AU misses the mark again in second semester of AUx

AUx II doesn’t live up to the hope for an enriching discussion-based class

AU misses the mark again in second semester of AUx

Students come to college excited to learn more about their passions and embark on academic journeys that will one day fuel their careers. Many are disheartened to find that, instead of diving into what interests them most, they have to spend their first few semesters fulfilling tedious university requirements, including freshman transition courses. 

The American University Experience (AUx) program, which is structured as an instructional semester followed by a discussion based one, continually proves to be that tedious transition course that freshmen dread. 

Getting through AUx1 during my first semester was a frustrating experience. Instead of teaching me useful things I could apply to my college experience, I felt as though I was sitting through 75 minutes of class receiving information that I could have found on the University’s website. 

AUx2, by contrast, seemed like an exciting class in which we’d be given the opportunity to discuss difficult subjects in a mediated space. Unfortunately, it seems that the second semester of this freshman transition course has missed the mark too.

I came into AUx2 with an open mind, hoping to enjoy the discussion-based class that would tackle topics of identity that need separate platforms to be discussed. While the class isn’t completely disappointing, it just doesn’t do enough to make the room a comfortable setting where dialogue on race, for example, can be held freely. 

For example, my class recently did an activity that involved putting beads of different colors in a cup. Each color represented a race/ethnicity and each bead correlated with an individual in your life, such as your best friend, your favorite teacher, etc. The purpose of this activity was unclear and the result was overall discomfort as everyone felt judged for having mostly one bead color filling their cup. 

The activity failed in sparking any real conversation and instead stunted any will to volunteer our personal experiences. While my instructor and peer leader made a personal effort to clarify the activity in the following class, the fact that the exercise itself exists in the curriculum with little context goes to show the flaws it holds in its understanding of classroom dynamics. 

Similarly to issues with AUx1, it also does not make sense to have the grades of students predicated upon their ability to discuss some potentially challenging subjects. Grading students on completing assignments is one thing, but forcing them to contribute to conversations such as the ones being introduced in AUx2 doesn’t benefit anyone. Assigning a grade to how well you can talk about your own experience with race creates tension and stress in a dialogue where enough of both those things already exist.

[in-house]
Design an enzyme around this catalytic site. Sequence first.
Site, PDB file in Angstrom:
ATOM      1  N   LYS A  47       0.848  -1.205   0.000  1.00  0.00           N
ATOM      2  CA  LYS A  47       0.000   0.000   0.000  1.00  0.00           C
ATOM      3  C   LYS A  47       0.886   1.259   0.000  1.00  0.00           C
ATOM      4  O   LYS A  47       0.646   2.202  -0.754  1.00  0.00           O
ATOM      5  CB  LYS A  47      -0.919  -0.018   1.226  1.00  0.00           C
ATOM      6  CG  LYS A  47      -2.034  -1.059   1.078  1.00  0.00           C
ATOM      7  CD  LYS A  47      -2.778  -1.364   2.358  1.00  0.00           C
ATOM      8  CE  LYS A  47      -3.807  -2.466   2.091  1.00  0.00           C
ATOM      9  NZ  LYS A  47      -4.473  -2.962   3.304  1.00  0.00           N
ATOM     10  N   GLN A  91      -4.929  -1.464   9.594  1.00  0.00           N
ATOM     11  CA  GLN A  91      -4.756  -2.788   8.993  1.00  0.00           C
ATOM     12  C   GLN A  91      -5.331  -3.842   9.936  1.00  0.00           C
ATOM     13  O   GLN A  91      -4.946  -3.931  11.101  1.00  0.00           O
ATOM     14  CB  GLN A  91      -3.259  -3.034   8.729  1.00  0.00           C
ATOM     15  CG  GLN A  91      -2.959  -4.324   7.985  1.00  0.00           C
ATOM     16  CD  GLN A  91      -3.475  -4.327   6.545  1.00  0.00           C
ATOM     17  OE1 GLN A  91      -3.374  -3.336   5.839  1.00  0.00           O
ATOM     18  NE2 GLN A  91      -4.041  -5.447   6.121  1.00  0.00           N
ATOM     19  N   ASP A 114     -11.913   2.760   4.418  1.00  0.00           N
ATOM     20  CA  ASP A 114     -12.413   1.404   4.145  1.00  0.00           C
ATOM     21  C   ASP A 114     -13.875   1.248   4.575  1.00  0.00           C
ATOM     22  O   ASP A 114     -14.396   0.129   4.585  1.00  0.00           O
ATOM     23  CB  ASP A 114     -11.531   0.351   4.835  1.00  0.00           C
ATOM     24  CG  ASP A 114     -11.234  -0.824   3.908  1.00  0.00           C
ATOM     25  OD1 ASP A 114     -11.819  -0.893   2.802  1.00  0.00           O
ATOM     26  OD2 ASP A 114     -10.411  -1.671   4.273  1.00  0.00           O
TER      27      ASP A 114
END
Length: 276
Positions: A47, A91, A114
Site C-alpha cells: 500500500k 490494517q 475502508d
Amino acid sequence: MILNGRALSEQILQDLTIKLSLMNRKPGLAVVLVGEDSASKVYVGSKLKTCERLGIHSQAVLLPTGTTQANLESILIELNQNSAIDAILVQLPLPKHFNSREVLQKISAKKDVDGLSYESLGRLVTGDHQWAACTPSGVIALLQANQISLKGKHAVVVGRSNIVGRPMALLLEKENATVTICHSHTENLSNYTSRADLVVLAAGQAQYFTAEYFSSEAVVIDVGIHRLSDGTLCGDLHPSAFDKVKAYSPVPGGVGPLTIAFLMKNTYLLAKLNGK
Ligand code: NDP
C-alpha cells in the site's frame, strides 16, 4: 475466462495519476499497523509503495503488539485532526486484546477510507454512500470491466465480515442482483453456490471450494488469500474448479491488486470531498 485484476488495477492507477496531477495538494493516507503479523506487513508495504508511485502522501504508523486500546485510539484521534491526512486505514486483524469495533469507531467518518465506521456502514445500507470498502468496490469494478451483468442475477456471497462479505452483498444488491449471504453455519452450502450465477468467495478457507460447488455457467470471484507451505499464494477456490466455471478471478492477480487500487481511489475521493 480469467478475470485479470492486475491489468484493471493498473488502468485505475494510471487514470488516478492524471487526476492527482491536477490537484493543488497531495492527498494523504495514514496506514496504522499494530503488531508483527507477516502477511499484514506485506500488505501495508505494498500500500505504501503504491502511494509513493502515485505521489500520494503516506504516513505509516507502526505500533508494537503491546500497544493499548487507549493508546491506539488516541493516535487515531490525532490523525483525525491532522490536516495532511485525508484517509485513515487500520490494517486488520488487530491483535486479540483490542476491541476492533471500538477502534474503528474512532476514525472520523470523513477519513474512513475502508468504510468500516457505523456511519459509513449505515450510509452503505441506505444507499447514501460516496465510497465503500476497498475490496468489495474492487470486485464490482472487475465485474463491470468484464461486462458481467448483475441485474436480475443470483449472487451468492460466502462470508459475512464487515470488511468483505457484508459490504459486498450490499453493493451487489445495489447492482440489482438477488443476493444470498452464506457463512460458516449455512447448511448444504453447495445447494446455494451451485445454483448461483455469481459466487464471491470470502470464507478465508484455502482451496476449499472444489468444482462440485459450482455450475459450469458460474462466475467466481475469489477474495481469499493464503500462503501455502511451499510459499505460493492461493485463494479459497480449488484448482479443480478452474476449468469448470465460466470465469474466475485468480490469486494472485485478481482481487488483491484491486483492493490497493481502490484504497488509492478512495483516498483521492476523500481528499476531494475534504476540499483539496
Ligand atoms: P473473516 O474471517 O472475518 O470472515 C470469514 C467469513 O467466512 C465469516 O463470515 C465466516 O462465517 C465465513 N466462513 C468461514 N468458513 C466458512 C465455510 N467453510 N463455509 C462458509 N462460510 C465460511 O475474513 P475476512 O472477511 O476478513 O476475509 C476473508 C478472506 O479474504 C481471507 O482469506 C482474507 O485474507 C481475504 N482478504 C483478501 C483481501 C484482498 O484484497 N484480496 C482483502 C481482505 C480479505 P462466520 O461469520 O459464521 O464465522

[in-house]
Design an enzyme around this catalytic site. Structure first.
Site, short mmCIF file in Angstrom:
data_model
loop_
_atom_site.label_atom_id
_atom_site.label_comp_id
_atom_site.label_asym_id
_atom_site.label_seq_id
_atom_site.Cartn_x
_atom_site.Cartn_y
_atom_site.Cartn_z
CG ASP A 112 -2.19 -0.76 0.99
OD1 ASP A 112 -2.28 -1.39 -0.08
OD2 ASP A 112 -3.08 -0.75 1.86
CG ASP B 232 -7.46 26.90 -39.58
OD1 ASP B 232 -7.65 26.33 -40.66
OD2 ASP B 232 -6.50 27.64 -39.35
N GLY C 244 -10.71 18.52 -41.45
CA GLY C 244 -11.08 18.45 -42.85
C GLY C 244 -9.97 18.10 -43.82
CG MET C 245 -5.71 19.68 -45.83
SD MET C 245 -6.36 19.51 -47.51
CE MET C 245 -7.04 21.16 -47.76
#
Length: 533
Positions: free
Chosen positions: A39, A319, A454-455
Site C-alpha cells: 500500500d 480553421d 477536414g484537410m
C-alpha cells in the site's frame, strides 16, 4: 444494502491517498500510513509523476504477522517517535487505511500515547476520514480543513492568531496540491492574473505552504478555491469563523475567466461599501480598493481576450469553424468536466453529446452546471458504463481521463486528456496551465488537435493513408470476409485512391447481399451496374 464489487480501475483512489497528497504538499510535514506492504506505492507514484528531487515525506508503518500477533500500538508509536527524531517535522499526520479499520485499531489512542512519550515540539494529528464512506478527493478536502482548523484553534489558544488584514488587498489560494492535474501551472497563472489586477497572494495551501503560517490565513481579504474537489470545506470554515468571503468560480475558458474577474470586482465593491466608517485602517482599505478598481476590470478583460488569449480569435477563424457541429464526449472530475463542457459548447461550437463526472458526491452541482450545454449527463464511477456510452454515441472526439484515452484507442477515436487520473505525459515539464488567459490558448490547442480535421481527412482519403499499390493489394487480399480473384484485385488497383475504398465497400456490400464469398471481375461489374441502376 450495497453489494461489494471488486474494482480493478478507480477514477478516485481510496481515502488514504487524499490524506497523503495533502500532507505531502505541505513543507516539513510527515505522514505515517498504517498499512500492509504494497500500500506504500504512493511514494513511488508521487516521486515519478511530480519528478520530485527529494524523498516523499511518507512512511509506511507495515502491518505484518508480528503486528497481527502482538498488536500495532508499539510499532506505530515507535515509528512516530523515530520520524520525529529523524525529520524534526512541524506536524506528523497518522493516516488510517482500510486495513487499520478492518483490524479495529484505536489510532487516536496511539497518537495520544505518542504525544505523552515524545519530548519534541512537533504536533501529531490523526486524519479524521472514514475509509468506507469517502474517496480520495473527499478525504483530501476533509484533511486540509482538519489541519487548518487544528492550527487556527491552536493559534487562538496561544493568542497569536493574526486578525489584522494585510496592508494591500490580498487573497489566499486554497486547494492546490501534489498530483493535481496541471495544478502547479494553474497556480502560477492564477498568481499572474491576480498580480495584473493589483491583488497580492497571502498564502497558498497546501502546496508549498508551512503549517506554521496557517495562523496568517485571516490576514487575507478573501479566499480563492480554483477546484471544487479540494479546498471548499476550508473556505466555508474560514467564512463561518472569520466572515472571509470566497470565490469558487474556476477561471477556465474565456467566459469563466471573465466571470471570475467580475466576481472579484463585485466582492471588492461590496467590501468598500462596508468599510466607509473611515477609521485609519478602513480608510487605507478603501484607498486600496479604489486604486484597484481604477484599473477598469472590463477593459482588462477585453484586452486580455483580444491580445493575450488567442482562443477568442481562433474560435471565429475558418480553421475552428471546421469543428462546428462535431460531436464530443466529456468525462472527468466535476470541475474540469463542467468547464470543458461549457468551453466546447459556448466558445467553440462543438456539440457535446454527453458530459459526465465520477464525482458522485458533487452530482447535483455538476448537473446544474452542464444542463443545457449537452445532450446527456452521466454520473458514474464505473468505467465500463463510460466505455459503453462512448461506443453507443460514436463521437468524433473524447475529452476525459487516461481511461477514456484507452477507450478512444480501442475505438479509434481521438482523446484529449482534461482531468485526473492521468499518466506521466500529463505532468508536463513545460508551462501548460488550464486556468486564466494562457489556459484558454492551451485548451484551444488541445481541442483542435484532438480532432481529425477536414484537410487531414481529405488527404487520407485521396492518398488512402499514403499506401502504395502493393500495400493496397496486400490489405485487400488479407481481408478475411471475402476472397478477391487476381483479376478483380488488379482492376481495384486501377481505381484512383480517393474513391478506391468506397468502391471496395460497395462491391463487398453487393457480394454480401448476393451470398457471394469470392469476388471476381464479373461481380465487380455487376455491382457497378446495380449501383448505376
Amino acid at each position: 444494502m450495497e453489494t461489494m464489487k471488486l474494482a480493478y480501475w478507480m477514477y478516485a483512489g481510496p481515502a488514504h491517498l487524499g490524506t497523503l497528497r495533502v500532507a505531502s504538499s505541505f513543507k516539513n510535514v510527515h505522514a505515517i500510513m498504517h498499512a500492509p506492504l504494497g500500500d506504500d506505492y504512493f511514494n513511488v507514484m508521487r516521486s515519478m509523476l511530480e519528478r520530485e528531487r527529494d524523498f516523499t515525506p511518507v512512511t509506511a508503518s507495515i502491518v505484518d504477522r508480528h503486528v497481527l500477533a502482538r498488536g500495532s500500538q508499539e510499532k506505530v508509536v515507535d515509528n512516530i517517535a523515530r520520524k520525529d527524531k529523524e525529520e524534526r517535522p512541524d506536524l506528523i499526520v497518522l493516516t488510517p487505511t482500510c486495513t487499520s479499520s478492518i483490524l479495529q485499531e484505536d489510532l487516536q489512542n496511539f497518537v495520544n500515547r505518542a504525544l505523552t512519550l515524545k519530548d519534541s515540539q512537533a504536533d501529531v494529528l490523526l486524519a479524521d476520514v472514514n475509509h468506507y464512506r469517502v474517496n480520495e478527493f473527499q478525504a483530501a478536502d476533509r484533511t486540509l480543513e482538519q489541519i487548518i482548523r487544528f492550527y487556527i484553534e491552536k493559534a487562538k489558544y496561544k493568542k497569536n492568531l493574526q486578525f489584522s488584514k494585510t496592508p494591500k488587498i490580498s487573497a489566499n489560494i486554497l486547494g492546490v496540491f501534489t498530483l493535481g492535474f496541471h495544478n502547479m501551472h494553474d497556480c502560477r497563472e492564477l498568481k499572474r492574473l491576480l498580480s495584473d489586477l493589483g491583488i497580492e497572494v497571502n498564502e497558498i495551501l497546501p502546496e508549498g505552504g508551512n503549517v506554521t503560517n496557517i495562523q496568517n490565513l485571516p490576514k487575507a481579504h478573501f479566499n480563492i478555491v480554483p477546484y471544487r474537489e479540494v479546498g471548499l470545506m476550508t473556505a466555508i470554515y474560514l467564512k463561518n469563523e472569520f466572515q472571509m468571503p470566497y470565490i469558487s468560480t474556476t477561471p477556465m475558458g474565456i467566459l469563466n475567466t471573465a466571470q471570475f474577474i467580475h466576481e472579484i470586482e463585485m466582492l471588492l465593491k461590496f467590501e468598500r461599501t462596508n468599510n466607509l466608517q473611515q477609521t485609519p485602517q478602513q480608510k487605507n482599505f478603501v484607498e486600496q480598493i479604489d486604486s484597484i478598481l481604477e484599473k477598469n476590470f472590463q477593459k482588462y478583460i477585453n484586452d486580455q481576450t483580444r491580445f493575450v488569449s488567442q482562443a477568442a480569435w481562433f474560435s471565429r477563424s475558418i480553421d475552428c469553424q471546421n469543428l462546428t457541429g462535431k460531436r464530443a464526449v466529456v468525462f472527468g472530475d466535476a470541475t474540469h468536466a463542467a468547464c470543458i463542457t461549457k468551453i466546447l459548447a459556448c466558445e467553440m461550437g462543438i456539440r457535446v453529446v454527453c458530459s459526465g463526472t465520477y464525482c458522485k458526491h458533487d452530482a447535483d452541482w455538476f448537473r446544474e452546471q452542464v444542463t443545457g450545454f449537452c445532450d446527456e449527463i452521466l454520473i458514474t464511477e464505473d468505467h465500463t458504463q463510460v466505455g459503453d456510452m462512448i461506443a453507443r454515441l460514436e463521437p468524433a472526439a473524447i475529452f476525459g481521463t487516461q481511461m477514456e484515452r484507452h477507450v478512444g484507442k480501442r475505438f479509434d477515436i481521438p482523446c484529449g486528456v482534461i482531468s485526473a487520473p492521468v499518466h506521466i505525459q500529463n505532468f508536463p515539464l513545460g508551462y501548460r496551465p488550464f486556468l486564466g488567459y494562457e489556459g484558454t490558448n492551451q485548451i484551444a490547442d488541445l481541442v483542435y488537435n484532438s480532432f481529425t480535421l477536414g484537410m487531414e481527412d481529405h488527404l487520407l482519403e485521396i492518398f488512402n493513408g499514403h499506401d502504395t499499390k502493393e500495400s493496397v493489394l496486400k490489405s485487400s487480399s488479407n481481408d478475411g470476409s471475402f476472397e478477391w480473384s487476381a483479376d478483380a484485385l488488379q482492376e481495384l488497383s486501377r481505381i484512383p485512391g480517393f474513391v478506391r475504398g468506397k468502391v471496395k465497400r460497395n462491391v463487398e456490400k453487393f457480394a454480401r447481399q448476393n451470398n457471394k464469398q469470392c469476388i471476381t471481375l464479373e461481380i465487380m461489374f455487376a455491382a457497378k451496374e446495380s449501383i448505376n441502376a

Another issue with the class is the demographics of the students who fill the rosters. Discussions about race are entirely fueled by who is having them, whether it be a group of almost all-white students or a group that consists mostly of people of color. Either way, it is inevitable that someone in that group will feel alienated. 

There’s no way administration can or should implement some kind of formula that establishes the perfect group to have a productive discussion about race, but it is essential that they recognize each classroom is highly unique and compositionally different. There’s no way to tailor a series of dialogues on race for the entire freshman class since a variety of factors, most significantly the identities of the students and professors in the individual classes, affect the dynamic in different, sometimes harmful ways. 

It’s important that students are introduced to real world discussions about race and identities in ways they might have been oblivious to before heading to college. However, trying to fabricate an environment and hoping that every student somehow adapts to and feels comfortable prevents any real education. 

It becomes just any other freshman transition course, a requirement we have to endure and get very little out of. While all the course materials do cover the subjects of “power, privilege, and inequality” that AUx2 was created to teach, the implementation of the curriculum prevents the synthesis of the information into educational, meaningful discourse. AUx2, although slightly better than AUx1, fails to achieve the noble goals that it was created to accomplish.

Riya Kohli is a freshman in the School of Public Affairs and a columnist for The Eagle. 

rkohli@theeagleonline.com 

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